Tokyo's moves aim to minimise Brexit's impact on Japanese companies as Britain negotiates its exit from the EU, the business daily Nikkei reported.
Prime Minister Shinzo Abe said he wants to reach a basic free trade agreement with the EU next month.
More than 1,000 Japanese companies operate in Britain, employing some 140,000 people in the country, while Japan's direct investment in the UK has topped 10 trillion yen ($96 billion) to date.
Japanese officials have already warned businesses with European headquarters based in Britain that they may have to relocate to continental Europe after a final deal is signed between London and the EU.
Japan's major automakers have so far backed the British economy, with Toyota announcing a £240 million investment in a car assembly plant while Nissan gave the green light to new investments at its plant in northeast England.
The announcements raised questions about what assurances they had been offered by the British government.
Japan is planning to start informal talks with Britain while it remains in the EU, but will wait until the country has left the bloc before launching formal bilateral negotiations, the Nikkei report said, without citing sources.
Japan does not currently have a trade deal with the European Union but is locked in long-running negotiations with the bloc. On Saturday, Abe said he is aiming to reach a Japan-EU free trade deal during his visit to Germany to attend a Group of 20 summit.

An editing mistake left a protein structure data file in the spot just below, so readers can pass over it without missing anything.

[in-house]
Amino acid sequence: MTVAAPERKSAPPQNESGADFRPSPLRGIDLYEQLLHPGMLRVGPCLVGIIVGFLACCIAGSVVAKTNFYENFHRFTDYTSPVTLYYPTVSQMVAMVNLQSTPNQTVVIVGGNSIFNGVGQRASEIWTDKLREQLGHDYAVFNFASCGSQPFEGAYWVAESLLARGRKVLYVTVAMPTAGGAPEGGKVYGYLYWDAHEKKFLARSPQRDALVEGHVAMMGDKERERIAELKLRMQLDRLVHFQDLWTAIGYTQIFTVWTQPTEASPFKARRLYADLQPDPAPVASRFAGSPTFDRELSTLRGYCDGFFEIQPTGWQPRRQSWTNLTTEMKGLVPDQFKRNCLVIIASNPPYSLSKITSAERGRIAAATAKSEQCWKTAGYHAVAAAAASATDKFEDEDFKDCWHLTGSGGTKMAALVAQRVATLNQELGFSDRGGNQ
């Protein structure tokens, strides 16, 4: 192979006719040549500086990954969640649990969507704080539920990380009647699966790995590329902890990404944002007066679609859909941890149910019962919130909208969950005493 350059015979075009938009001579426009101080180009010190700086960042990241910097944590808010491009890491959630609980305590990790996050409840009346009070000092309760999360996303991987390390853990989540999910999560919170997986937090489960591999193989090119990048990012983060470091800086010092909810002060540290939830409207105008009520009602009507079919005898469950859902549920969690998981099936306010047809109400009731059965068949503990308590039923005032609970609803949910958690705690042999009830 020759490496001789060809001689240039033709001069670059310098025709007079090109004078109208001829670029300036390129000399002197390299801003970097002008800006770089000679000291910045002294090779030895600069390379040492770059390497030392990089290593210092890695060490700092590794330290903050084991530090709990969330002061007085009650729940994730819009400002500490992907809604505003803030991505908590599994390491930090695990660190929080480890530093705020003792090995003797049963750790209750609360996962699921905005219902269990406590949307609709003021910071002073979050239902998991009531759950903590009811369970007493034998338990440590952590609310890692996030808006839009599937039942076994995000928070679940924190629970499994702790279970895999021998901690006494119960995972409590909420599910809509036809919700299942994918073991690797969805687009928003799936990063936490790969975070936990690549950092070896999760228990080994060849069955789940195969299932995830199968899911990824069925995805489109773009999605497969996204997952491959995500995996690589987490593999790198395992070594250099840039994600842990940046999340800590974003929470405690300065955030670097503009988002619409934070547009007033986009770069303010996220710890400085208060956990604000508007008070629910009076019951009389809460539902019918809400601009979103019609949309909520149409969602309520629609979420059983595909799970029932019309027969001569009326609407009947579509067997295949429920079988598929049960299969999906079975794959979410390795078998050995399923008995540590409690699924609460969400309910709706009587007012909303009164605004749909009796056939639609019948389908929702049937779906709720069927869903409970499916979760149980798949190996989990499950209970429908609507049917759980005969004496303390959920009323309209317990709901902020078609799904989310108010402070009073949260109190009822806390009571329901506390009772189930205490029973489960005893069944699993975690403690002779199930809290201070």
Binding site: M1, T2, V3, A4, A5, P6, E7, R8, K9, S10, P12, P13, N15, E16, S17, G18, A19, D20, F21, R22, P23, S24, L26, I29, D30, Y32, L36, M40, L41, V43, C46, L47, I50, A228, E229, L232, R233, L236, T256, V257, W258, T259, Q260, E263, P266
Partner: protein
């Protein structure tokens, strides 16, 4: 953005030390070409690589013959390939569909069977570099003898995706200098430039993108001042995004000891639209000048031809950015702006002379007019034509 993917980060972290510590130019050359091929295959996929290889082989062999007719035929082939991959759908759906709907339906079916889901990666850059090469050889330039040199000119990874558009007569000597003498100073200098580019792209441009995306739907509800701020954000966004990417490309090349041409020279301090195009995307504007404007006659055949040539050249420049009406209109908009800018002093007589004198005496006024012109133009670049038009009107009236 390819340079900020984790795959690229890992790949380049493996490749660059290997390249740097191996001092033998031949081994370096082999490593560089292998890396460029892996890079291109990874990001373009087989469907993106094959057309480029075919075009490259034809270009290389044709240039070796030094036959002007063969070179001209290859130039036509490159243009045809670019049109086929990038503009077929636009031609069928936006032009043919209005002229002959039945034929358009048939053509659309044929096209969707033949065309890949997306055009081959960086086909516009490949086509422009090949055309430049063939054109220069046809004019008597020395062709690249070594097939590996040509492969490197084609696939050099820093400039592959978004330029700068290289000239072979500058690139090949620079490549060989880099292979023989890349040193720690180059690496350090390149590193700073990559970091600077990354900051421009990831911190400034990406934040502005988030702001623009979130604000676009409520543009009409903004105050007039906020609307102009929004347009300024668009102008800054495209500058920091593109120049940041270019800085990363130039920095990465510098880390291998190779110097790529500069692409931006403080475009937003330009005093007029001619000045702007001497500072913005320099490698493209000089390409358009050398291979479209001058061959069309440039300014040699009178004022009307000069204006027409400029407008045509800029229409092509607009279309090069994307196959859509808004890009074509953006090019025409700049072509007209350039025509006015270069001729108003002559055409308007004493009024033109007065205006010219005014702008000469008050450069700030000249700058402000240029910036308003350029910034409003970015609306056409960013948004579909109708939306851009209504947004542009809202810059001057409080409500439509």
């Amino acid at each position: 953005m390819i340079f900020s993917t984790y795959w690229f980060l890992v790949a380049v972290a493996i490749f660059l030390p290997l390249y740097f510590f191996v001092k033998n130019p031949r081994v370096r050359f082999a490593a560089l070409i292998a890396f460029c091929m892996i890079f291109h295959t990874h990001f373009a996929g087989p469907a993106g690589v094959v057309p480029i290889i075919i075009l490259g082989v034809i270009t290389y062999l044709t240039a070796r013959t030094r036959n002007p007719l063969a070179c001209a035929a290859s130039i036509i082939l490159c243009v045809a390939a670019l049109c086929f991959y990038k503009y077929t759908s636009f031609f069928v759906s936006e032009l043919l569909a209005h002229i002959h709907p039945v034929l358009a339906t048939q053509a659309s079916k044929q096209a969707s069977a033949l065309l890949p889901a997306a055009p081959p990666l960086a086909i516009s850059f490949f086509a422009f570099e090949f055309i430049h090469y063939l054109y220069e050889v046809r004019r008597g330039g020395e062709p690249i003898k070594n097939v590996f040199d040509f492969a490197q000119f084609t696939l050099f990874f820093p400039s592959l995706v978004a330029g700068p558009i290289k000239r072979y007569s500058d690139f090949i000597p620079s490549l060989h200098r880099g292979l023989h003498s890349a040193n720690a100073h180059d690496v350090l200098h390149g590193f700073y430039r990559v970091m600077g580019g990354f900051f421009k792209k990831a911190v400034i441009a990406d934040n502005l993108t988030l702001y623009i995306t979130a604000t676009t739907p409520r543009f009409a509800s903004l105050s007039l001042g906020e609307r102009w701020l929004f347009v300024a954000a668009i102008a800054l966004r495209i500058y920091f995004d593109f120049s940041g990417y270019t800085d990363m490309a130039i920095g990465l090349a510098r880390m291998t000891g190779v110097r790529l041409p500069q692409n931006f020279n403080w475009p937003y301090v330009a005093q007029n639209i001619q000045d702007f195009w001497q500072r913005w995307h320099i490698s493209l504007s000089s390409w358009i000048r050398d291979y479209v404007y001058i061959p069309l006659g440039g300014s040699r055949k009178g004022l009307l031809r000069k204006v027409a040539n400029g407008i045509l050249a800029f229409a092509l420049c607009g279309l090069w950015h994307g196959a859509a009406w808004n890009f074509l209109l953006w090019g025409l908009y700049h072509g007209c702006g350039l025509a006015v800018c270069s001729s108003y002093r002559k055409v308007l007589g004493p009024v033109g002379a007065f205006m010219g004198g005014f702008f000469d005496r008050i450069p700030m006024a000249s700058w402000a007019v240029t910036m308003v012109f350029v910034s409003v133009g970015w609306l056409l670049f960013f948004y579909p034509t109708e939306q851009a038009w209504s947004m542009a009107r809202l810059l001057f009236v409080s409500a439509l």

"I hope to hold a summit meeting with the EU and reach a basic agreement there," he said in a televised speech in western Japan's Kobe.
"The Japan-EU Economic Partnership Agreement will be a model for 21st century economic order," said Abe.
He added that he hoped the EU deal would provide the same stability promised by the enormous Trans-Pacific Partnership pact. US President Donald Trump has pulled out of the TPP, effectively putting the deal on hold.
Britain stunned the EU when it voted to end its four-decade membership of the 28-nation bloc in a referendum last year.
But Prime Minister Theresa May's disastrous showing in elections on June 8, in which she lost her parliamentary majority, has sparked speculation that her Brexit plans may be watered down or even reversed.